Eye discharge may be infection or sign of disease

The Modesto BeeApril 19, 2013 

Annie has a thick yellowish discharge in her eyes, and the 10-year-old poodle mix's eyelids are reddened from being rubbed on the carpet.

Diagnosis would begin with a physical exam. Let's establish that Annie's problem is confined to her eyes. The discharge is thick and ropey and nowhere near the liquid consistency of normal tears. Our first step would be to measure tear production by using small paper strips inserted between the lower eyelid and the lower part of the eyeball. This is known as the Schirmer tear test. The eyelids are closed and the strips held in place for 60 seconds; then the tear line measured.

Next up would be a check for bacterial infection and ensuring the corneas have not been scored. For Annie's comfort, her eyes would be numbed with an eye drop. The eyes would then be swabbed and the culture placed on a microscope slide to test for a bacterial infection. The cornea, which covers the

iris, is then checked for damage. If it were ulcerated, it would cause discomfort, redness and discharge from the eye. This test is done by introducing a fluorescent stain into the eye and then exposing the eye to an ultraviolet light. If there is corneal damage, there would be an area of stain uptake corresponding to the damaged spot. If there is no uptake, we can assume the cornea has not been compromised.

Further testing would rule out glaucoma. This disease occurs as a result of increased pressure inside the eyeball. If left unchecked, glaucoma can lead to blindness. It is a painful disease, and also leads to redness and discharge. An instrument that indirectly measures the intraocular pressure would determine whether Annie has glaucoma.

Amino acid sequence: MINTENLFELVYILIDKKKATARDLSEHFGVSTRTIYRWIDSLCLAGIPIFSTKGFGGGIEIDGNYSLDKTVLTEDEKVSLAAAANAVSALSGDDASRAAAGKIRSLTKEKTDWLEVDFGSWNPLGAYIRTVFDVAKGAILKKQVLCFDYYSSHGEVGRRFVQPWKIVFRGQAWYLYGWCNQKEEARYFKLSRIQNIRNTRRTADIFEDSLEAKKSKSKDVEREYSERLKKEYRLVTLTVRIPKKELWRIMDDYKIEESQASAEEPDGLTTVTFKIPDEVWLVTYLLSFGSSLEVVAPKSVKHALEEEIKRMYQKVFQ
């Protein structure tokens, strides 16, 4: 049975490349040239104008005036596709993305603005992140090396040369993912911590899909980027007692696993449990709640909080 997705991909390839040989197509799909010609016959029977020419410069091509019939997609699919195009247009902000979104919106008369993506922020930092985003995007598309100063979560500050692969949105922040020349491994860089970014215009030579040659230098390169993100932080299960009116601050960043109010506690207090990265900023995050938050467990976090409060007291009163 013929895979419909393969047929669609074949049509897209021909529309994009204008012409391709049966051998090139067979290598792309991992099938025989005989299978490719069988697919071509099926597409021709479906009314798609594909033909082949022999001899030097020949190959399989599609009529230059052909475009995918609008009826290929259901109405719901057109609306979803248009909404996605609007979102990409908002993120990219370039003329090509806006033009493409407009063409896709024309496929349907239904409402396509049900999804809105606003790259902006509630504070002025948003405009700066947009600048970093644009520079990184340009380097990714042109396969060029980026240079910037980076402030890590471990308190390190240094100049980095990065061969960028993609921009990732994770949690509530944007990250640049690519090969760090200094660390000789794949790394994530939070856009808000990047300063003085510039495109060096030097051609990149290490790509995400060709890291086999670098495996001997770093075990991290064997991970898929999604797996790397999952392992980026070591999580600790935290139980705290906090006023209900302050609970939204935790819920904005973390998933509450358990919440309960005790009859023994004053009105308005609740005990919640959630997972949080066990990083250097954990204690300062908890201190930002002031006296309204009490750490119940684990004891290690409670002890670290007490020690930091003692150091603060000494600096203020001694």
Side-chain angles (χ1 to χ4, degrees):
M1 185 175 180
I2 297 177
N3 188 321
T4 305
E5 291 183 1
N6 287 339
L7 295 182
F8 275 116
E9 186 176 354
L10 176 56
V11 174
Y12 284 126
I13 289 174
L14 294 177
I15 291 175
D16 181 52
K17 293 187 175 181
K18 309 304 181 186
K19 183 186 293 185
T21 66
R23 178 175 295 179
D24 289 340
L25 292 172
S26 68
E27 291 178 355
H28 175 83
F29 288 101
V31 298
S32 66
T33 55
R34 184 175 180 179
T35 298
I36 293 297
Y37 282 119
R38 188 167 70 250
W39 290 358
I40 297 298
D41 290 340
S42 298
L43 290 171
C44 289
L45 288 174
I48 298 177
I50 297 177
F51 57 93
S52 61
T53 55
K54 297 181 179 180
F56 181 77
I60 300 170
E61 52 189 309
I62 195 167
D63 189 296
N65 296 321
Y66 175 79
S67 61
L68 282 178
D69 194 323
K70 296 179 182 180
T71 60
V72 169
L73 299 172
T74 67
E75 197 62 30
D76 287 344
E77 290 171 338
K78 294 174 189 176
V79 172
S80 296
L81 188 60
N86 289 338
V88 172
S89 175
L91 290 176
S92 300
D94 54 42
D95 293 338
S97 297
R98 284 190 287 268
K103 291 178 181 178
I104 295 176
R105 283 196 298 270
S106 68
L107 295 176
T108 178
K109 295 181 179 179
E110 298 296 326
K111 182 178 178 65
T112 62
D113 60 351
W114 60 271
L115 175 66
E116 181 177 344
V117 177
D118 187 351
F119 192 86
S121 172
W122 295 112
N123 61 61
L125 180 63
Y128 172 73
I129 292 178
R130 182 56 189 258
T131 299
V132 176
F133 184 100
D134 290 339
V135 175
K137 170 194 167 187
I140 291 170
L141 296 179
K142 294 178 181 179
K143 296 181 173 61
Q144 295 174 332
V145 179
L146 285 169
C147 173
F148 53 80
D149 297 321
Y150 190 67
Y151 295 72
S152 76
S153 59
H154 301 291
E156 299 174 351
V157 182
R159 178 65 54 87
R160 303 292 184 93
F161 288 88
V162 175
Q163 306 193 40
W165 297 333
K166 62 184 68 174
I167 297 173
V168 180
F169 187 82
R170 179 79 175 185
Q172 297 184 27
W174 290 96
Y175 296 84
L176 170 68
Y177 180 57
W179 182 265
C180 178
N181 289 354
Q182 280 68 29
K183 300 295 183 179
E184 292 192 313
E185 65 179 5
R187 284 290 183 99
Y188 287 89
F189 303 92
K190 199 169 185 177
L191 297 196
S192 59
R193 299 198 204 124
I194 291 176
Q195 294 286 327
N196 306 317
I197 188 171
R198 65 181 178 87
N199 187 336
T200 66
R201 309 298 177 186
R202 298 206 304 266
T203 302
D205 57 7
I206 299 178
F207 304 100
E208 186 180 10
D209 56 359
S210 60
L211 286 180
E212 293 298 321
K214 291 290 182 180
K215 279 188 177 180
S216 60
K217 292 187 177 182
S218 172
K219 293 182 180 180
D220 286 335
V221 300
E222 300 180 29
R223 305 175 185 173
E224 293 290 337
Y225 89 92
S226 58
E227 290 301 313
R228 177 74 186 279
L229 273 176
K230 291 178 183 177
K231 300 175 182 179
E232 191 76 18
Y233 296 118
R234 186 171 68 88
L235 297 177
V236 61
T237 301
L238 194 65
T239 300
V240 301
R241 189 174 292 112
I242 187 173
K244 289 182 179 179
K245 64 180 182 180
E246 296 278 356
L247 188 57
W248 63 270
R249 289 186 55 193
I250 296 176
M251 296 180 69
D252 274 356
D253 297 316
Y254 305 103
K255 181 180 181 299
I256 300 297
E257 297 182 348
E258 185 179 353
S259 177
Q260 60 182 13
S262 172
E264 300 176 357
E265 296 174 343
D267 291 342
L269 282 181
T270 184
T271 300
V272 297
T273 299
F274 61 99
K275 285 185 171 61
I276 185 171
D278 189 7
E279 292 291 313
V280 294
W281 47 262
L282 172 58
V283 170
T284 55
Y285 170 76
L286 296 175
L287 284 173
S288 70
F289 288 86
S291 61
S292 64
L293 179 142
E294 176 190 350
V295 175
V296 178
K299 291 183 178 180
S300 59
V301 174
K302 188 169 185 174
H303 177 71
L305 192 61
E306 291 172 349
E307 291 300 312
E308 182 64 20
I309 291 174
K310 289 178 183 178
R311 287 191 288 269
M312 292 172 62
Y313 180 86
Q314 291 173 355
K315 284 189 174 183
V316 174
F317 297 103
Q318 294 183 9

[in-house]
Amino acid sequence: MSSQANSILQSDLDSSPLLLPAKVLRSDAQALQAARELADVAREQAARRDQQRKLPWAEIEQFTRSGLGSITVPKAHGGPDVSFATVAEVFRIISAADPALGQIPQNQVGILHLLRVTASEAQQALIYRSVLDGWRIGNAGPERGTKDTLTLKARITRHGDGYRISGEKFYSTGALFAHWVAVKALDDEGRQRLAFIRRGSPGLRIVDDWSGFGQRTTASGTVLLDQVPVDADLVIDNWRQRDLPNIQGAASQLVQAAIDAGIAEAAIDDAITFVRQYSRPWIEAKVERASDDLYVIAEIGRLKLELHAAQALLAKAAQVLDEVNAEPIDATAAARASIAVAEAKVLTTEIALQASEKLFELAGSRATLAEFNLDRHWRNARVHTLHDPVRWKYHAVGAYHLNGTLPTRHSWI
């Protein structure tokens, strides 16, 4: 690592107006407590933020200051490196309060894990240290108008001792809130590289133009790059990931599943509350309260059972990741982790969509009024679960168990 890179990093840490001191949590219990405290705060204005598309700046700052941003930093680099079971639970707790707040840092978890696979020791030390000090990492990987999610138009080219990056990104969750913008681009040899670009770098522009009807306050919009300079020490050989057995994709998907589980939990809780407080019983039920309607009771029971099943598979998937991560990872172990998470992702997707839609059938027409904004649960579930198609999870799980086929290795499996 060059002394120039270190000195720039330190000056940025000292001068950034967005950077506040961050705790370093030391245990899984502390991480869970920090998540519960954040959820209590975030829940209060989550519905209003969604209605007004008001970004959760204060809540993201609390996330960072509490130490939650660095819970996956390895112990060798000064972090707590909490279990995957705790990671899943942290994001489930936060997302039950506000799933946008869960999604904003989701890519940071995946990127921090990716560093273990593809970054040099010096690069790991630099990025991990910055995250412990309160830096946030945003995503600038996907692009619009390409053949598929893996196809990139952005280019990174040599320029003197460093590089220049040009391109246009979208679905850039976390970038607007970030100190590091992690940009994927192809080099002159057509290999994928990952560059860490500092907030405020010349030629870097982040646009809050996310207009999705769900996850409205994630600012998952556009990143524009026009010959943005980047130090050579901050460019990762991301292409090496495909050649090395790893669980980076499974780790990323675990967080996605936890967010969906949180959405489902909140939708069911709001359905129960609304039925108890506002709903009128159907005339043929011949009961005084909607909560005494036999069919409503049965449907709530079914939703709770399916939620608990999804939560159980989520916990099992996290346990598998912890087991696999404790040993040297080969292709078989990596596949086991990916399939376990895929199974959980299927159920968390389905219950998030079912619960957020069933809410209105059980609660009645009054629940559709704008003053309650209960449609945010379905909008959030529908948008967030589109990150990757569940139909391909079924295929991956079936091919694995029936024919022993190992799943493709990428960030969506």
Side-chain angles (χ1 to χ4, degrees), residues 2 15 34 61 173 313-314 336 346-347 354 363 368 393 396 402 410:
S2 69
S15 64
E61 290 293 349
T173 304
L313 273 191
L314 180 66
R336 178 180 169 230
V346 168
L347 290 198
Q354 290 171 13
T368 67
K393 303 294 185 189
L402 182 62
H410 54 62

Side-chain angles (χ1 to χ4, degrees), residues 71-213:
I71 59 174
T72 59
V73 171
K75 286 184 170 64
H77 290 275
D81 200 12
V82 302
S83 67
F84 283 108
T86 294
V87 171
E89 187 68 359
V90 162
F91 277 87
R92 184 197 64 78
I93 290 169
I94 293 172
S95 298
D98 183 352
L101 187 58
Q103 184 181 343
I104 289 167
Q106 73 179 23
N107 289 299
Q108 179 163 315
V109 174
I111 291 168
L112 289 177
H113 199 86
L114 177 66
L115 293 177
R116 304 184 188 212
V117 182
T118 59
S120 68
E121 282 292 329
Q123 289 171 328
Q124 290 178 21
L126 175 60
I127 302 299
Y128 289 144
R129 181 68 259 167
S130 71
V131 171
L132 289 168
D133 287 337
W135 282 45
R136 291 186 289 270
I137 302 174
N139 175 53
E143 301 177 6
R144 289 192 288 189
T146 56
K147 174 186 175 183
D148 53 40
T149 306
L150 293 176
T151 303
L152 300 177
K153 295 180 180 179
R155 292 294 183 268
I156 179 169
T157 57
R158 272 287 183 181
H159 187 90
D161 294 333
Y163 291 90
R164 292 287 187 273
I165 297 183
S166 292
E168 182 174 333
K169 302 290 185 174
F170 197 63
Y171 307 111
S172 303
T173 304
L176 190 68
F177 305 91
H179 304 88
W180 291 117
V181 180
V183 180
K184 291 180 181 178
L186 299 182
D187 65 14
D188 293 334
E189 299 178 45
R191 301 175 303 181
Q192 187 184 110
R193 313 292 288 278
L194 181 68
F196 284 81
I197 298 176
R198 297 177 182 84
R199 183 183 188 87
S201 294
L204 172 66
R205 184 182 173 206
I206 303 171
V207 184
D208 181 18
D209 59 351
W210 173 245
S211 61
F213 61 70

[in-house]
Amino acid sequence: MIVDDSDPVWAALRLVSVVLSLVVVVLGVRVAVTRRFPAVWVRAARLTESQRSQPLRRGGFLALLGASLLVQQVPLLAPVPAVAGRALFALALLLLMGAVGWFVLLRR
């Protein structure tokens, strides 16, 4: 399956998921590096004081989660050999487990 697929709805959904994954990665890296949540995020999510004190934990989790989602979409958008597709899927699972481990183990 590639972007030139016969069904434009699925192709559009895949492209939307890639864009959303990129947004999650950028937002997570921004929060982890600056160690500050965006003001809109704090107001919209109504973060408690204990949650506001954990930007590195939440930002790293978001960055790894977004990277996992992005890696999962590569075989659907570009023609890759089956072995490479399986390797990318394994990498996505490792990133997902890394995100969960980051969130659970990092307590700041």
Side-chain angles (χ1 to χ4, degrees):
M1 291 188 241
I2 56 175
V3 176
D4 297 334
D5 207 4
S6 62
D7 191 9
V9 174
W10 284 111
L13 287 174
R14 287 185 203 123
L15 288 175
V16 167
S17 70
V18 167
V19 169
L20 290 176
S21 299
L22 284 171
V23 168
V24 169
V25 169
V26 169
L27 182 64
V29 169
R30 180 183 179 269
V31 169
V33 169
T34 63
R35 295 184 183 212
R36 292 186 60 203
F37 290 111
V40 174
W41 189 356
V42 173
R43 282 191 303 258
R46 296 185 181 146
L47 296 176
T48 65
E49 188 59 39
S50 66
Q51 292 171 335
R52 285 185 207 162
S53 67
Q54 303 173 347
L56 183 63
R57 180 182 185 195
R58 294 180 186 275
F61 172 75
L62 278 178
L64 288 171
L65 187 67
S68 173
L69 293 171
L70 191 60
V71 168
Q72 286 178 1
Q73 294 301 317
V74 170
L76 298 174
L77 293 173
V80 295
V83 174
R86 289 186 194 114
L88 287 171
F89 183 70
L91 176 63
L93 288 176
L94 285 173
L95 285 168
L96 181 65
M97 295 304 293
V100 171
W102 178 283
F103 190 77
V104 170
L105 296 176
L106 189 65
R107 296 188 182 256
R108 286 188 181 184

There may be other tests necessary, but for our discussion, let's state that the corneas do not show any damage based on the stain test and the intraocular pressures are normal. Further, let's say the eye culture shows a staph infection (Staphylococcus pseudointemedius). This is a secondary infection. The primary problem is keratoconjunctivitis sicca, or abnormally low tear production -- shown by the Schirmer strips.

An antibiotic eye ointment would treat the secondary infection and artificial tear ointment would moisten Annie's eyes and an eye ointment would help increase natural tear production. Good long-term management of the problem is expected with this treatment. Follow-up visits to check tear production would determine if continued use of an artificial tear ointment and eye ointment are warranted.

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